Debt funds scamper for T-bills, shorter maturity instruments in redemption fear

Debt market mutual funds are scampering to load their portfolios with T-bills and shorter maturity instruments of banks as they prepare for possible higher redemptions in the coming weeks following Fridays big scare.

Trading in corporate bonds issued by non-banking finance is likely to lose sheen for now with IL&FS fiasco spooking investor confidence. Commercial paper rates have increased in the last week or so though top-rated companies are still managing to secure better terms.

Non-banking finance companies may now have to offer 15-20 basis points higher than the average rate at which they raised money by selling bonds.

On Friday, two-year maturity bonds issued by the National Bank of Agriculture and Rural Development – the government-owned NBFC – were traded at 8.90 per cent, about 20 basis points higher than the market rate.

“If the market scare extends this week, redemption pressure may increase,” said Lakshmi Iyer, CIO -Debt & Head-Product, Kotak AMC. “We are trying to maintain cash while cherry-picking stocks. Amid uncertainties, it is better to be inactive rather than active.”

“We are buying certificate of deposits and Treasury bills instead of focussing on commercial papers, which are illiquid,” she said. CDs issued by banks and T-bills, shorter maturity sovereign papers, are now billed safer bet over CPs.

Top rated companies are continuing to secure good terms in the CP market though the same cannot be said for lower-rated paper. Last Friday, DHFL Pramerica Mutual Fund bought commercial papers, issued by a top-rated non-banking finance company owned by a conglomerate at 8.15 per cent, marginally higher than normal rates.

"Debt market is undergoing a confidence crises within the overall background of rupee instability & volatile asset markets,” said Ashish Ghiya, MD, Derivium Tradition India. "Illiquidty spreads have added to bond spreads, especially post IL&FS incident, leading to lower volumes for corporate bond & money market issuers. Institutional lending may slow down for corporates, till confidence crises improves,” he said.

CPs are now yielding five-20 basis points higher than the rates one or two weeks ago, dealers said.

“Investors have turned cautious,” said Kumaresh Ramakrishnan, head, fixed income, DHFL Pramerica Mutual Fund. “We are ensuring enough cash level as usual to weed out any pressure that may arise towards quarter-end. But investors are still buying select debt papers.”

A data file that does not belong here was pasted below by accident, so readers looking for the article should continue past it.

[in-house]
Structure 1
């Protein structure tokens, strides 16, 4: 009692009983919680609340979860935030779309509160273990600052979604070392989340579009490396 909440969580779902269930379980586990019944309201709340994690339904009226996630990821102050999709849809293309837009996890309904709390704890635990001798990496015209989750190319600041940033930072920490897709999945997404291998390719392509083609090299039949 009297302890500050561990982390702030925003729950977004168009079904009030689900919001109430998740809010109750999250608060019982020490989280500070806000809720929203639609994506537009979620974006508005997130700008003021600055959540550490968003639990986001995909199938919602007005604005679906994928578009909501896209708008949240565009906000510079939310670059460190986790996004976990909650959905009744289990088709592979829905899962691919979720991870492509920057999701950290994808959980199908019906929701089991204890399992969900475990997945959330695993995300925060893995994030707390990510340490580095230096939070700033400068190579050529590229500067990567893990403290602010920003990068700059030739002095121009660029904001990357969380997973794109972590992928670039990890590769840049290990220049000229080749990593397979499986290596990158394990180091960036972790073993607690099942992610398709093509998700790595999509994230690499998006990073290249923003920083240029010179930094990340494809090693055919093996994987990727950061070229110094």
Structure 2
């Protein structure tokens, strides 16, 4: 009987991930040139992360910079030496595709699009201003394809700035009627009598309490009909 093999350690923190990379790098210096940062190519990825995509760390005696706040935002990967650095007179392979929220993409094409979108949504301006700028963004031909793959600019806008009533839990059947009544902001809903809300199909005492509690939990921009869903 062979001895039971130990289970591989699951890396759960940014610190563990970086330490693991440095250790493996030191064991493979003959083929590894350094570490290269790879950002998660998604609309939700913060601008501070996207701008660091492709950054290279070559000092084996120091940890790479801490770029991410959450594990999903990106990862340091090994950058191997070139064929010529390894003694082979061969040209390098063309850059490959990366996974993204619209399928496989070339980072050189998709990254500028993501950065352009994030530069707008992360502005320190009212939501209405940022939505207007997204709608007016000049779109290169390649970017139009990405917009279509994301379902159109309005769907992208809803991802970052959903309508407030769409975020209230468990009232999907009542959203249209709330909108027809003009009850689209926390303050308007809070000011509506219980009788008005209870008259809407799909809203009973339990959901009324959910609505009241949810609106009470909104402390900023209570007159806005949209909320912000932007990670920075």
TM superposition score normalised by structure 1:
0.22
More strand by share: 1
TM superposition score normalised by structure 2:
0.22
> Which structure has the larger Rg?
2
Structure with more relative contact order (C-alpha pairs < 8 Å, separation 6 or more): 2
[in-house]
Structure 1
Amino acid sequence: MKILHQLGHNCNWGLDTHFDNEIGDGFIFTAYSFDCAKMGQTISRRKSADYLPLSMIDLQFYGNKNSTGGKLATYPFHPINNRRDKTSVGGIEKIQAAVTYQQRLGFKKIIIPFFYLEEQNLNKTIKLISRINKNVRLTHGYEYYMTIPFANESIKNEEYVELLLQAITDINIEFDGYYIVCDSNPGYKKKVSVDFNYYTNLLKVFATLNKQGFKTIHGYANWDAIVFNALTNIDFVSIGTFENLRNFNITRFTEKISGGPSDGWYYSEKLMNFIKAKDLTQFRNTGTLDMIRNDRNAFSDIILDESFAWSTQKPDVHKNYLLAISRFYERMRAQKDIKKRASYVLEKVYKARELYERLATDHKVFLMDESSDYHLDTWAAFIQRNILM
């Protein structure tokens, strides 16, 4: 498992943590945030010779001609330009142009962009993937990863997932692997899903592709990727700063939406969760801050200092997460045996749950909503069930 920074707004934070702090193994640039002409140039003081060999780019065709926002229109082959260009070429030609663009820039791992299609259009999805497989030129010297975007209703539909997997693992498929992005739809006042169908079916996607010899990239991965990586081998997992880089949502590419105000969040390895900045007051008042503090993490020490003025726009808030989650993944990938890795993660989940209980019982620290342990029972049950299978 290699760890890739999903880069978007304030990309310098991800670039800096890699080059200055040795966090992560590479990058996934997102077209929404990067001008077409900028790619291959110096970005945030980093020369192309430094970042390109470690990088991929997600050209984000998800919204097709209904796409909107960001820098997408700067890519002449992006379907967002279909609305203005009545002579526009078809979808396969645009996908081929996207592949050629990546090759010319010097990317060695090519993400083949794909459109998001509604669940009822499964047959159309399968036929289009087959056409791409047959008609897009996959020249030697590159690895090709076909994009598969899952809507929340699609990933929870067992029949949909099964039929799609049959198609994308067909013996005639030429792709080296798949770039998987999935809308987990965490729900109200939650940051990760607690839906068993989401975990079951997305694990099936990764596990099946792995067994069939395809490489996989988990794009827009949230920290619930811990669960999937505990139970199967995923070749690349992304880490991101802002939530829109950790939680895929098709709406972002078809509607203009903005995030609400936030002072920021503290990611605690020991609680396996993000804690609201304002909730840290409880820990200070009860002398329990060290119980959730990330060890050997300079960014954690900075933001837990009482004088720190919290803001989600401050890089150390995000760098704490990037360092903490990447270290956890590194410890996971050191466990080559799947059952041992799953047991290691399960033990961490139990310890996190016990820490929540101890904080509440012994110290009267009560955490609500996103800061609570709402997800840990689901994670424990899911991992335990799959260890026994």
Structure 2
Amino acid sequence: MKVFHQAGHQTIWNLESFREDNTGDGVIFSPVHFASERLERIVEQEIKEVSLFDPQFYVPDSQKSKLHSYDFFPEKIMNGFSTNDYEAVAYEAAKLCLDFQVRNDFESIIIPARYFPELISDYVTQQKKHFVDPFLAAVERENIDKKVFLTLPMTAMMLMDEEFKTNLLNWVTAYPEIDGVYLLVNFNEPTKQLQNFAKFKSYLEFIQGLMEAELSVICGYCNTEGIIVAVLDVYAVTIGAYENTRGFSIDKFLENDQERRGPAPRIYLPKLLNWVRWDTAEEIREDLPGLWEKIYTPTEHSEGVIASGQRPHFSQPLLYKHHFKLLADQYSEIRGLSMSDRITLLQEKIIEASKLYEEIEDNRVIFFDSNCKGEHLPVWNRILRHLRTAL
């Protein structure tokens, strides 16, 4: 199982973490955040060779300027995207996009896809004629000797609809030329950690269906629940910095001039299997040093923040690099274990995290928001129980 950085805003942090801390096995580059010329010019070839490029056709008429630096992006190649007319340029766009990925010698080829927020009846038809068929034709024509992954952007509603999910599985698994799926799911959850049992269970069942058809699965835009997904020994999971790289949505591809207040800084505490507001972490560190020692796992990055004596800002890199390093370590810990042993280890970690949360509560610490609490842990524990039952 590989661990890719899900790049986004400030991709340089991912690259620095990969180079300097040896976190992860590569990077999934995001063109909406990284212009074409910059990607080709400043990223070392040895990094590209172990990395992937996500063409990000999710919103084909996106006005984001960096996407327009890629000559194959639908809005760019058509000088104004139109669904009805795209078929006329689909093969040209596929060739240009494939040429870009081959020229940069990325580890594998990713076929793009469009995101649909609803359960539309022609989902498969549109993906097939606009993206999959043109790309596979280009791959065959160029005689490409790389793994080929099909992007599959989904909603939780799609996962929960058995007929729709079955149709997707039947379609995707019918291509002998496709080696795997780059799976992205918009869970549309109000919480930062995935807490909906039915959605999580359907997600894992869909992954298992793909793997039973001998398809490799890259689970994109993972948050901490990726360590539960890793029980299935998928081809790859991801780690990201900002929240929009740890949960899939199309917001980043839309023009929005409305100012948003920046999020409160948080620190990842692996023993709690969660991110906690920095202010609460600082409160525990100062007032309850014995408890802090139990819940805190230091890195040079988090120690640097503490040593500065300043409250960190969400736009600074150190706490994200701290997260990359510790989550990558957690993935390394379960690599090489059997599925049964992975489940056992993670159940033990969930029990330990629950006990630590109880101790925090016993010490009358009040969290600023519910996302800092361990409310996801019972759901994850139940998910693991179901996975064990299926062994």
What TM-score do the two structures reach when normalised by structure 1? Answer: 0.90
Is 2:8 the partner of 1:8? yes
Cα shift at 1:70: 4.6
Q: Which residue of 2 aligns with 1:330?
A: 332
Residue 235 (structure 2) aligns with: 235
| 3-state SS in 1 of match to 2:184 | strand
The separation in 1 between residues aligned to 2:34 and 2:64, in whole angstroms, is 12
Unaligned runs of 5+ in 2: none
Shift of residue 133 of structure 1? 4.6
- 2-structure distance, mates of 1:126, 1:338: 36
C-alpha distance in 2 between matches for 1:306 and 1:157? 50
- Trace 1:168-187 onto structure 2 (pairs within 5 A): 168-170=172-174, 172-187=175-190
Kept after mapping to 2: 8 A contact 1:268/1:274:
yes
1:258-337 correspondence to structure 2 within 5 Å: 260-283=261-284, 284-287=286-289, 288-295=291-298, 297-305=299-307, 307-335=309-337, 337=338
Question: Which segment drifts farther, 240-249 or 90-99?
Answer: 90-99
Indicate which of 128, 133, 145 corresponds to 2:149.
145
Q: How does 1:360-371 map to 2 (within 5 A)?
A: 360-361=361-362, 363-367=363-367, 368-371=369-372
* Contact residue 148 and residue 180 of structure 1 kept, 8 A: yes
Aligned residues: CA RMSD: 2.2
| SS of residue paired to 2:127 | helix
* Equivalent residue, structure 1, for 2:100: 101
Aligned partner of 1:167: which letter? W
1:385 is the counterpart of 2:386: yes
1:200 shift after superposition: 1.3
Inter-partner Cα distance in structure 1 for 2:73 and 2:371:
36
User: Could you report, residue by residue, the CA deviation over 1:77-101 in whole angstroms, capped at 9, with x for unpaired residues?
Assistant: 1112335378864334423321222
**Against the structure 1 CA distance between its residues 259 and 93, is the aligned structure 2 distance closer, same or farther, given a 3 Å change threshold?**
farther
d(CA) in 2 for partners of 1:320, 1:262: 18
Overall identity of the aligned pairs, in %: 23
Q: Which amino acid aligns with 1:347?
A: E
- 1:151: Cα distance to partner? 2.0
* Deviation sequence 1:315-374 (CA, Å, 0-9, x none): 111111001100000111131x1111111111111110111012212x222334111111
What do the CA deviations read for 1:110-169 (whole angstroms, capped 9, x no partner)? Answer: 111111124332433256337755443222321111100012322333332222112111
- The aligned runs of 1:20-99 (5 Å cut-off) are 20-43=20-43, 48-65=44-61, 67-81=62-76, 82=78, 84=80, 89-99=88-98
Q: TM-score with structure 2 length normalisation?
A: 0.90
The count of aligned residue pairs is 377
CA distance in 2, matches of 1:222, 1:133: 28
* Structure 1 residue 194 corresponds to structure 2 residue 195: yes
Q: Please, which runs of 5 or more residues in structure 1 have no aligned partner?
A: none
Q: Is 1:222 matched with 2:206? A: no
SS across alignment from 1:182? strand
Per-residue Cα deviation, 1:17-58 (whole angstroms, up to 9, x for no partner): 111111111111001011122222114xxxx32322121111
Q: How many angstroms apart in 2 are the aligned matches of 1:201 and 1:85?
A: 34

The banking system liquidity or cash available in the system is now in deficit for about Rs 1.2 lakh crore compared with just about Rs 20,000 crore more than a week ago.

Yields even on sovereign bonds have been very volatile while system liquidity is progressively tightening,” said Suyash Choudhary, head of fixed income at IDFC Mutual Fund. Further the environment for offshore financing remains challenging owing to rise in emerging market risk premia. This combination is leading to significantly tight financial conditions….”

The benchmark yield jumped 20 basis points pulling prices down in the past one month. This has overall raised the borrowing cost for corporates while investors like mutual funds incur mark-to-market losses making them wary of fresh buying.

Dynamic debt bond funds have yielded just 1.20 per cent this year, show data from Value Research.

Cash-strapped Infrastructure and Leasing Financial Services has already defaulted on commercial papers and bond interest payments running into about Rs 300-400 crore barring other deposits or loan defaults.

This has weighed on the market sentiment. DSP Mutual Fund sold CPs issued DHFL worth Rs 300 crore at a yield of 11 per cent, much higher than than the rate at which the previous deal happened, fanning speculation that DHFL could be facing liquidity issues, which has been strongly denied by the company.

Original Article

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